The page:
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Letter: Avoid The ‘Heroin Highway’ Detour

A recent article by Senator Jack Martins regarding “The Heroin Highway” touched upon some very important concerns for every parent in our community. And while most of our children do not find themselves on this “highway,” the statistics and trends for drug use and abuse are alarming. And sadly, in spite of our best efforts, they are not decreasing.

Drug use is not a problem we can arrest our way out of. It is not a problem that emerges overnight because of “bad parenting” as some have proclaimed. It is not a problem that emerges because of one choice in one moment, although we do know that for some, lives can be lost that quickly. More often than not, drug use begins because of so many things that have gone wrong or not enough things going right. It often begins not with the use of drugs but with the breakdown of those things we know to be vital for children growing up in today’s times.

While we do know that conversations about using drugs are so very important, we also know that honesty, integrity, positive role modeling, open communication and understanding pain is at the core of things. This is an issue that belongs to all of us as it is a problem that potentially can affect us all.

We do have the tools to make a difference and we have the resources to prevent tragedy. To do this, however, we must begin teaching our children from the moment they open their eyes and take their place in our world. They must grow up to know that they are special and that they are loved, because at the core of this debate is the reality that for so many of our neighbors, young and old, their pain feels intolerable and insurmountable. Fortunately, our community does have available resources. If you or someone you know or love needs information, support or treatment or if you just don’t know where to turn, please call us. You can learn about our comprehensive services by visiting our web site at www.yesccc.org. The trained professionals at YES Community Counseling Center can help. We can be reached at 516-799-3203.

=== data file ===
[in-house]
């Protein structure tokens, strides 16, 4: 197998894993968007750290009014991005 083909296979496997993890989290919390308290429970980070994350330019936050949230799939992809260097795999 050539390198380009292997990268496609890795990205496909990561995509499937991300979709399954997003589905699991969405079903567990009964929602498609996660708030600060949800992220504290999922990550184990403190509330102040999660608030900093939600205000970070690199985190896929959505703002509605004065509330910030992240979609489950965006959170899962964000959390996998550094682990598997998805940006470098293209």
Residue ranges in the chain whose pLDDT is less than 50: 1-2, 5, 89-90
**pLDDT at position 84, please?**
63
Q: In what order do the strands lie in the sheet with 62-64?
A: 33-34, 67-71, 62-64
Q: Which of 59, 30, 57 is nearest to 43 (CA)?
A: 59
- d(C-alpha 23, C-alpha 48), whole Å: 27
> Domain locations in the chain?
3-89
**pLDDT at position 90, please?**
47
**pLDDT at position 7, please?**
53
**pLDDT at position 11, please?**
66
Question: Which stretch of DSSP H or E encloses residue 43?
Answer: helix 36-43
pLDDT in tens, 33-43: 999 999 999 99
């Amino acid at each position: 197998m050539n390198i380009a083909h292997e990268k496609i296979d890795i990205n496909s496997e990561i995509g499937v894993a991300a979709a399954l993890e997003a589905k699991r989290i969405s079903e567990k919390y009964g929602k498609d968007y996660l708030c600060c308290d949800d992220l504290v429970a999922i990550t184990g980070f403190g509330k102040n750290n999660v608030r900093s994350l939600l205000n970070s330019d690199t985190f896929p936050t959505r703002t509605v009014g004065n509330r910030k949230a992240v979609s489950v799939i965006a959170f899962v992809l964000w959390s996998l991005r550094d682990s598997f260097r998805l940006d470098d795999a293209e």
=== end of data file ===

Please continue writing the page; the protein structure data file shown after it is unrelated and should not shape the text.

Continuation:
Jamie Bogenshutz

Executive Director, YES Community Counseling Center

News

Thousands of Long Islanders streamed into Burn Park in Massapequa recently for the Town of Oyster Bay’s annual Salute to America concert featuring Dean Karahalis and the Concert Pop Orchestra with fireworks by Grucci.

The event paid tribute to veterans, past and present, and honored three deserving honorees: Guillermo Torres, Plainview’s Robert Reahl and Barbara Tortorice.

Torres is the winner of the Town’s Veteran Lifetime Achievement Award. A Vietnam veteran and Purple Heart recipient, Torres was wounded while on maneuvers.

The kids may be grown. The marriage may have not worked out. Perhaps retirement affords more free time than was anticipated.

Enter The Transition Network, an national social group featuring an active chapter on Long Island that meets regularly at the Plainview-Old Bethpage Library.

Judy Forman, Plainview resident and program co-chair, noted that The Transition Network is an organization of women ages 50 and over who are ‘transitioning’ into the next phase of their lives — whether it be retirement, divorce, losing a loved one or so on — and helping them to meet new people while expanding their horizons.  


Calendar

Movie: Last Vegas

Wednesday, July 23

Women Artists You Should Know

Thursday, July 31

Adult Summer Reading Club

Through Aug. 7



Columns

1959: The Year The Music Stopped Playing
Written by Michael A. Miller, mmillercolumn@gmail.com

The Eccentric Heiress Of ‘Empty Mansions’
Written by Mike Barry, MFBarry@optonline.net

Yellow Margarine And A Pitch For The Ages
Written by Michael A. Miller, mmillercolumn@gmail.com